Robotic process automation in Finnish financial administration
1University of Oulu, Oulu Business School, Department of Accounting, Accounting
|Online Access:||PDF Full Text (PDF, 0.8 MB)|
|Persistent link:|| http://urn.fi/URN:NBN:fi:oulu-202106178344
Oulu : O. Mikonmaa,
|Publish Date:|| 2021-06-18
|Thesis type:||Master's thesis
Automation has been a part of the discussion regarding accounting already from the 1950’s (Keenoy 1958). Since then, the topic has evolved from physical automation to software-based solutions, often referred to as Robotic Process Automation, or RPA. Digitalization has laid the groundwork for companies to build automation on top of various processes. Companies are often seeing the most amount of data driven processes in their financial departments as argued by Kaarlejärvi & Salminen (2018). The vast amount of data has sparked a shift from old ways of working towards more smart processes through automation. The increase on the discussion around the topic of RPA in the context of financial administration has sparked an interest for this master’s thesis. This thesis aims to research the effects Finnish companies have encountered after implementing RPA in their financial processes.
The thesis will explain, in detail, the state of the current level of academic research and why financial processes are potential for automation now, and in the future. The thesis uses qualitative research methodology in the form of three semi-structured interviews tolook at three subject companies varied in size and operations on how RPA has benefited the financial processes. The empirical data of the thesis was gathered through remote interviews held with relevant personnel who have experience of RPA implementation. Once the data was gathered, it was transcribed and further coded to find out the most significant impacts RPA has had on the financial processes of companies. The results of the thesis will look at the net benefits achieved by the subject companies to answer the research question as suggested by DeLone & McLean 2003 theory to measure IS success. As presented by the 2003 theory, RPA implementation is looked from different points of view, being quality, usability & use, and the net benefits achieved.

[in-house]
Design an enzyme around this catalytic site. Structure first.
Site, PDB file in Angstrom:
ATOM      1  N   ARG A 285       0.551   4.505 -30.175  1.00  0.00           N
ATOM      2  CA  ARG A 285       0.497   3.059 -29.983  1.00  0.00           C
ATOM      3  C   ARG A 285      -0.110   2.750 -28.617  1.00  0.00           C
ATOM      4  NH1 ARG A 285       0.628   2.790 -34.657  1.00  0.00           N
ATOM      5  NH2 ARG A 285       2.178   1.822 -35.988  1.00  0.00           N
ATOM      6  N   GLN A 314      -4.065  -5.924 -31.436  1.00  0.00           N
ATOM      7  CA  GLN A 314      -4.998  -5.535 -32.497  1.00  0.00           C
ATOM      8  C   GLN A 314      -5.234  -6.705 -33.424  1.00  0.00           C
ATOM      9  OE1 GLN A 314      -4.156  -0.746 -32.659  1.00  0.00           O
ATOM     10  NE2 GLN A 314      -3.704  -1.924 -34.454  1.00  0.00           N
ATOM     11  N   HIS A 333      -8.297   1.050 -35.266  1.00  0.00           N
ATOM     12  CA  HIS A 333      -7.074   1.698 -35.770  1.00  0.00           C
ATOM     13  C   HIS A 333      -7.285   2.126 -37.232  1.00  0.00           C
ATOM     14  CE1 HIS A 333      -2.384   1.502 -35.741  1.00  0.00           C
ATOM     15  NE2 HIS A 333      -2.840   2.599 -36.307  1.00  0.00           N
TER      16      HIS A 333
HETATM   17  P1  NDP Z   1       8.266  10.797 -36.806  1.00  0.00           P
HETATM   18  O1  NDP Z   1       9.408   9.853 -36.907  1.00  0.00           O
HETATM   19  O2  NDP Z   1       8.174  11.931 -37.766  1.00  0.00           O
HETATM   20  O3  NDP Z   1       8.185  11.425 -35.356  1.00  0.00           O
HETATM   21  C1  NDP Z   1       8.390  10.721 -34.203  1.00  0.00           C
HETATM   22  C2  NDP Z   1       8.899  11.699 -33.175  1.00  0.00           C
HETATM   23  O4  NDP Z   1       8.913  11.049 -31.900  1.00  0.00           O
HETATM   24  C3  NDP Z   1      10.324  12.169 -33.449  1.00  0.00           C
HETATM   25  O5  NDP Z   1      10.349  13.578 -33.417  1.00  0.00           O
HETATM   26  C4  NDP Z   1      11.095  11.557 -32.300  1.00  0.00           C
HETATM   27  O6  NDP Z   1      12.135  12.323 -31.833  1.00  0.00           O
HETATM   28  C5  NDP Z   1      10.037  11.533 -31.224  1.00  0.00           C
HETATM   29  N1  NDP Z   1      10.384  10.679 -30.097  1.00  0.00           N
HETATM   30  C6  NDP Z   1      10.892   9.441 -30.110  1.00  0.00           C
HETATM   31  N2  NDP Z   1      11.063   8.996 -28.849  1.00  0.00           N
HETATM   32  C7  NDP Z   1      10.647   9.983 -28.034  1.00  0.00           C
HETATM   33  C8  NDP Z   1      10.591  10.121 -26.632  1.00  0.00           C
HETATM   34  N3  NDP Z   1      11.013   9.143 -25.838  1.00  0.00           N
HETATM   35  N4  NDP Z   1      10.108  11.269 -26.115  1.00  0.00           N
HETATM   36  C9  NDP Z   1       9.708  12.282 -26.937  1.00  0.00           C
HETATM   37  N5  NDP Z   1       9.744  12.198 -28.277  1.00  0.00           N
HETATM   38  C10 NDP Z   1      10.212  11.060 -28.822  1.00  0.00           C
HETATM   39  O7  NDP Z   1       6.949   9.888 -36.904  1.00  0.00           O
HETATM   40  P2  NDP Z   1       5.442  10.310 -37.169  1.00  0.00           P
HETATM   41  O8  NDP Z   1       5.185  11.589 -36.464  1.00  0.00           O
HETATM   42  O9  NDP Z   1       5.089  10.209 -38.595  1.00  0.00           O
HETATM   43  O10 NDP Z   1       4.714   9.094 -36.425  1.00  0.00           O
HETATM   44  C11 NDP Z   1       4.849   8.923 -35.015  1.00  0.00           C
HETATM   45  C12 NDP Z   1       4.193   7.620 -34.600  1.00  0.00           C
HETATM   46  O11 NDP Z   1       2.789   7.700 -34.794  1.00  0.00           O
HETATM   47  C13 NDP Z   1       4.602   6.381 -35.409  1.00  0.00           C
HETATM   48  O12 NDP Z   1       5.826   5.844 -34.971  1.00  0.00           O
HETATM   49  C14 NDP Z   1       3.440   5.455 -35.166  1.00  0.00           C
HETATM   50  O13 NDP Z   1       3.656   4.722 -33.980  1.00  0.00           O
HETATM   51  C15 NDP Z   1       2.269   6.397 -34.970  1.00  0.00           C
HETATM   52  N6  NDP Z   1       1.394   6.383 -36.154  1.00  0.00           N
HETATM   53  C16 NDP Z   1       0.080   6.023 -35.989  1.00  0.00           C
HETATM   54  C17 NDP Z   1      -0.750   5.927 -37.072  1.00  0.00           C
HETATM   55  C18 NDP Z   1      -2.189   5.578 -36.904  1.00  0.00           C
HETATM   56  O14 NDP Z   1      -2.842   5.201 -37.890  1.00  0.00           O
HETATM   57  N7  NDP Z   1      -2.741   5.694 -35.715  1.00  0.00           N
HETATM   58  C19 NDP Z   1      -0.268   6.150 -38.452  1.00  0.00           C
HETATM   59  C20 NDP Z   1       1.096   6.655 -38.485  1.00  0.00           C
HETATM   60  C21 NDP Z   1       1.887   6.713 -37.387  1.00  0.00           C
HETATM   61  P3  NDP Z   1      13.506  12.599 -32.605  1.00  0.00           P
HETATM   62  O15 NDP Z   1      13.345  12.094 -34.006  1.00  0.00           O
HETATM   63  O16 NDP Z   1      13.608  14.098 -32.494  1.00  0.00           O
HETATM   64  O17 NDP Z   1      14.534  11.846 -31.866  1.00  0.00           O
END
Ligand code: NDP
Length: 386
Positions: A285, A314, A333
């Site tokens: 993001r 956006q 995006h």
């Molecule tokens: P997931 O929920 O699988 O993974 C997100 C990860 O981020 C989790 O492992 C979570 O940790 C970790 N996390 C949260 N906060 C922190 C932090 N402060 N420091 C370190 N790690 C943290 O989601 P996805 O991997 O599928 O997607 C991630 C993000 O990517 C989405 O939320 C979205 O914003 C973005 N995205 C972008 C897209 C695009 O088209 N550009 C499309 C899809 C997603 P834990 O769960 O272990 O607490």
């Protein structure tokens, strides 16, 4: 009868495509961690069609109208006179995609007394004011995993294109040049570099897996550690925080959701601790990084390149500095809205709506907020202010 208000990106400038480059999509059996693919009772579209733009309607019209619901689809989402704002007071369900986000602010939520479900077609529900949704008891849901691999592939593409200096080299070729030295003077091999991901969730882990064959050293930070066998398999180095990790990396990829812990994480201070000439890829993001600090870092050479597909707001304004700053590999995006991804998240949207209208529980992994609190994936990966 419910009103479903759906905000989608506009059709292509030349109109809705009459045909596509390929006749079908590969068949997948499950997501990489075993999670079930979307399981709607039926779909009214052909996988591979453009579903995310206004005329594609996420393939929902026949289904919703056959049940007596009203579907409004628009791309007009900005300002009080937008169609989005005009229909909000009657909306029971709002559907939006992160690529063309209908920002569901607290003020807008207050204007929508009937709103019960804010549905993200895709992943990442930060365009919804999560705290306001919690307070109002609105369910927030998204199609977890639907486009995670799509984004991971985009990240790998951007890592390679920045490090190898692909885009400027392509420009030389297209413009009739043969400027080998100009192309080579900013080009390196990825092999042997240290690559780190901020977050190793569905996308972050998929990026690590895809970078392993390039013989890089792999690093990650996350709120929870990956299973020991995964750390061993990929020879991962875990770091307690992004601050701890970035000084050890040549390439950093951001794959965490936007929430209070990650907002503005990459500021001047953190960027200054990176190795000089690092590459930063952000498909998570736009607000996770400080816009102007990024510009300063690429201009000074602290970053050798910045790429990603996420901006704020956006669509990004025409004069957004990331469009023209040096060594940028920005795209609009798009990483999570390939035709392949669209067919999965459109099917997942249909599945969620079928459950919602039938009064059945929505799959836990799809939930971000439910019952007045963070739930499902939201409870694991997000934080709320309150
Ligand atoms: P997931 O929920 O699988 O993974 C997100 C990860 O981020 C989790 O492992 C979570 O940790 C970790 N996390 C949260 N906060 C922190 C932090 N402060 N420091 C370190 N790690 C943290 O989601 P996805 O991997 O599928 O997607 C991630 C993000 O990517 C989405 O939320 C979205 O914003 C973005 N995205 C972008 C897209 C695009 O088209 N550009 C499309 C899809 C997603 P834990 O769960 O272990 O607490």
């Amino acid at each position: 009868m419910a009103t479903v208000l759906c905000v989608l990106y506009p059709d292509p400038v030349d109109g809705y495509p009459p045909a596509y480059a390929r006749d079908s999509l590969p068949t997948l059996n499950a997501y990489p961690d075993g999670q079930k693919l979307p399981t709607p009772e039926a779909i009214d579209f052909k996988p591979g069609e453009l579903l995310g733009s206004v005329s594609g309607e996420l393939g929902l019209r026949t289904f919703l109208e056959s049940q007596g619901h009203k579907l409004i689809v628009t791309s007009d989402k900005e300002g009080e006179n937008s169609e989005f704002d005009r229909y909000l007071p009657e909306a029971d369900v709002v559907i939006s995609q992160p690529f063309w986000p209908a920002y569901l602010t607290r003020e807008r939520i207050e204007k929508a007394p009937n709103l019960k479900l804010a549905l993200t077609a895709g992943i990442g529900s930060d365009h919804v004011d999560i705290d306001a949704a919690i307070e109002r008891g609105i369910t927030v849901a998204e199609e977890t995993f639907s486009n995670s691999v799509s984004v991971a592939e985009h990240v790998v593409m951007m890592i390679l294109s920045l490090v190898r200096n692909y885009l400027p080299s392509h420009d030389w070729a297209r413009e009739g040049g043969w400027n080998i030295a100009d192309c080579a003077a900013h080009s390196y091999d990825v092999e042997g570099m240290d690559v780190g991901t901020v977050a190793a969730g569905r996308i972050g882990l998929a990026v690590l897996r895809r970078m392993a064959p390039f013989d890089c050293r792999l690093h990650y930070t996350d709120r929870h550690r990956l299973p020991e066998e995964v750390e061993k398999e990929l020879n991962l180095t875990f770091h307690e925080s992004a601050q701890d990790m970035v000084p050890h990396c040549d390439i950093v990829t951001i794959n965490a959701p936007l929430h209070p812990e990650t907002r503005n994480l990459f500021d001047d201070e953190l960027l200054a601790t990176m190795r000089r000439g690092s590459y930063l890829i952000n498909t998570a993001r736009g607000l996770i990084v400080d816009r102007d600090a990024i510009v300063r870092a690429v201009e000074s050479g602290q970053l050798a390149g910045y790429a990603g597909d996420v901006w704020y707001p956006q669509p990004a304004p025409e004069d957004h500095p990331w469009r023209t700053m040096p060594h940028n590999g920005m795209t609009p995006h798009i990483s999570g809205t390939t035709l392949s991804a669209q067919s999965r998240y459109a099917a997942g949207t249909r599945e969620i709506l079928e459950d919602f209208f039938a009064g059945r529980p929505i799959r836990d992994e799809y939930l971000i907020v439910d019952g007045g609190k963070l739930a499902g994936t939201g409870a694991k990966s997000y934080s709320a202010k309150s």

The results of the study show how RPA can be used in different size companies to the advantage of accountants and other financial employees. The net benefits achieved through RPA are found positive, yet this study provides further considerations for RPA implementation in financial administration. The benefits of RPA can be found through in-house development of RPA as well as outsourcing software capable of running automated tasks. The key findings of this thesis are in line with existing studies, suggesting RPA is found to be most beneficial in the most routinized and laborious tasks. The results also pursue the importance of employee participation in the development process of RPA and the importance of change management by company manager’s when ramping up RPA usage. Ultimately, the thesis finds RPA implementation is net positive for both the organization and the individual the RPA influences.
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